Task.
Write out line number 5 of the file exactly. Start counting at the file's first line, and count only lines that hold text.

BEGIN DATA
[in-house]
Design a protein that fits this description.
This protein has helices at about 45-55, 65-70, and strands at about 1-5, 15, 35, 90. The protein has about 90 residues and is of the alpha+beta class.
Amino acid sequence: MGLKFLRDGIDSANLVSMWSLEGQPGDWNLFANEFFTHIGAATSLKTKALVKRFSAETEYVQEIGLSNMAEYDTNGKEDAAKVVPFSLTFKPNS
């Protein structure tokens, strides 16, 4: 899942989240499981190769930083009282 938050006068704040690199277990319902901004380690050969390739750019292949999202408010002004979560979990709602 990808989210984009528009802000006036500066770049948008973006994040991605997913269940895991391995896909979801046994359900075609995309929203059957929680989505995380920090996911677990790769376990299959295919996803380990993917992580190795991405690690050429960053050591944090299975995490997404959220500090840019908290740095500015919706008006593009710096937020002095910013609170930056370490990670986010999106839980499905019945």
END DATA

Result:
């Protein structure tokens, strides 16, 4: 899942989240499981190769930083009282 938050006068704040690199277990319902901004380690050969390739750019292949999202408010002004979560979990709602 990808989210984009528009802000006036500066770049948008973006994040991605997913269940895991391995896909979801046994359900075609995309929203059957929680989505995380920090996911677990790769376990299959295919996803380990993917992580190795991405690690050429960053050591944090299975995490997404959220500090840019908290740095500015919706008006593009710096937020002095910013609170930056370490990670986010999106839980499905019945």